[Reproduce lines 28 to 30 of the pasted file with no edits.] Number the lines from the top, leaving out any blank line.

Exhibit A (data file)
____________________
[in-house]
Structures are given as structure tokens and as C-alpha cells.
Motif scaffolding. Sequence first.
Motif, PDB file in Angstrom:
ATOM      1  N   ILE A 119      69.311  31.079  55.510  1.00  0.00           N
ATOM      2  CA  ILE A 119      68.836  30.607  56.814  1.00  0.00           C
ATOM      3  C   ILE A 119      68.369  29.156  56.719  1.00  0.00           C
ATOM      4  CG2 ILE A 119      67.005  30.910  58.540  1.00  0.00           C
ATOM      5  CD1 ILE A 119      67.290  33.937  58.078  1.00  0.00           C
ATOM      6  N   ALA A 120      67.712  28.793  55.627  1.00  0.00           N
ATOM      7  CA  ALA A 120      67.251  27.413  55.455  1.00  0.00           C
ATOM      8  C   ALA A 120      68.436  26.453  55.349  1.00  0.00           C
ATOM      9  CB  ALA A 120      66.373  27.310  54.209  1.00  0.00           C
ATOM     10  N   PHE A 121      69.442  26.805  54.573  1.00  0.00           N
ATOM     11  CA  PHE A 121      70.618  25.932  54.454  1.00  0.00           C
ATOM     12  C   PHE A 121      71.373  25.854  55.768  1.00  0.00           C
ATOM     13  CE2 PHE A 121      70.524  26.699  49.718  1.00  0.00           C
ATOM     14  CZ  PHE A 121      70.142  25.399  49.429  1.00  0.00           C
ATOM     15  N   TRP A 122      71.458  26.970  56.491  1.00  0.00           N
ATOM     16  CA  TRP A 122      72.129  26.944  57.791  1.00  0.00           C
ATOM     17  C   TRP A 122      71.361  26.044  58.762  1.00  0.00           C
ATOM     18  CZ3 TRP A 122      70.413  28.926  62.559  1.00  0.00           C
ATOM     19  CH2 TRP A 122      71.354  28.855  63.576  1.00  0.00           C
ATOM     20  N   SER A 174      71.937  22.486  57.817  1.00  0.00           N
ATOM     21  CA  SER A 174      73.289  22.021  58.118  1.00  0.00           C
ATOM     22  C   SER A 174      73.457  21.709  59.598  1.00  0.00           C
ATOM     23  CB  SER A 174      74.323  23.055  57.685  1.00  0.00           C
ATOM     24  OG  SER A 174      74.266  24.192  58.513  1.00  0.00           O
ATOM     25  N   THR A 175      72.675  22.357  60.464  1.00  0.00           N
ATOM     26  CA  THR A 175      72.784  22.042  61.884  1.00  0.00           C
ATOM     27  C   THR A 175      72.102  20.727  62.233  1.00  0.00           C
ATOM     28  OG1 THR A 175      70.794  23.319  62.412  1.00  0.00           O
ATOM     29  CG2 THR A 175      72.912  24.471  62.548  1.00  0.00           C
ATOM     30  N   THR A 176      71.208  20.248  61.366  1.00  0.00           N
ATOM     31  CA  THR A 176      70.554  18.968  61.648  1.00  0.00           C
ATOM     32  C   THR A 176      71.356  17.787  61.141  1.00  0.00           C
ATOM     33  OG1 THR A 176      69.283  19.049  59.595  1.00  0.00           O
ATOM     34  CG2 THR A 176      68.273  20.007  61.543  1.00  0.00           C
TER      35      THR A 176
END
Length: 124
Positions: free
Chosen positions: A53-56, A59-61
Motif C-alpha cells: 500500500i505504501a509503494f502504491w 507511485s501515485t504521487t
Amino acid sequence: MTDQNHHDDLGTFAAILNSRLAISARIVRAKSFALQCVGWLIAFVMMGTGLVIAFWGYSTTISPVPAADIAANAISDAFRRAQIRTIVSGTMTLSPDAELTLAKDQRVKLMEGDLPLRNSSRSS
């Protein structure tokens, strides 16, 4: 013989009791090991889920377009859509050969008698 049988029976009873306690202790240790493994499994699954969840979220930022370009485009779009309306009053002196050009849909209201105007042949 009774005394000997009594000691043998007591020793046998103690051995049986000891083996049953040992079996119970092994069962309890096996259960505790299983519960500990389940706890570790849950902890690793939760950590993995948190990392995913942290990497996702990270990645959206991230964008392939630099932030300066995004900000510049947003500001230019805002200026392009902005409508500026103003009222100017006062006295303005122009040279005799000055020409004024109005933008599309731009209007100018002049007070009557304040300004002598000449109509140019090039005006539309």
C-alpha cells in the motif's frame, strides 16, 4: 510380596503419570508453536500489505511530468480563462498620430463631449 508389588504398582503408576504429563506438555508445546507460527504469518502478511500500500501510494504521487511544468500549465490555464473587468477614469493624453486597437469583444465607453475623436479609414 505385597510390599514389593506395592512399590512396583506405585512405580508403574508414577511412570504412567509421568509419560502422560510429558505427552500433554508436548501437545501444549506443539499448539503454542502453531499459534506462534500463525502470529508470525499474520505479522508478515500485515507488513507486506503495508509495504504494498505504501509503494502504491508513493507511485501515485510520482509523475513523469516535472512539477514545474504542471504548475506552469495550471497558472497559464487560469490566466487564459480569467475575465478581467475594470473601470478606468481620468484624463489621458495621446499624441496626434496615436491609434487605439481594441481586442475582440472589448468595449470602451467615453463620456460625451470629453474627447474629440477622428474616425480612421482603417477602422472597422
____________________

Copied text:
ATOM     24  OG  SER A 174      74.266  24.192  58.513  1.00  0.00           O
ATOM     25  N   THR A 175      72.675  22.357  60.464  1.00  0.00           N
ATOM     26  CA  THR A 175      72.784  22.042  61.884  1.00  0.00           C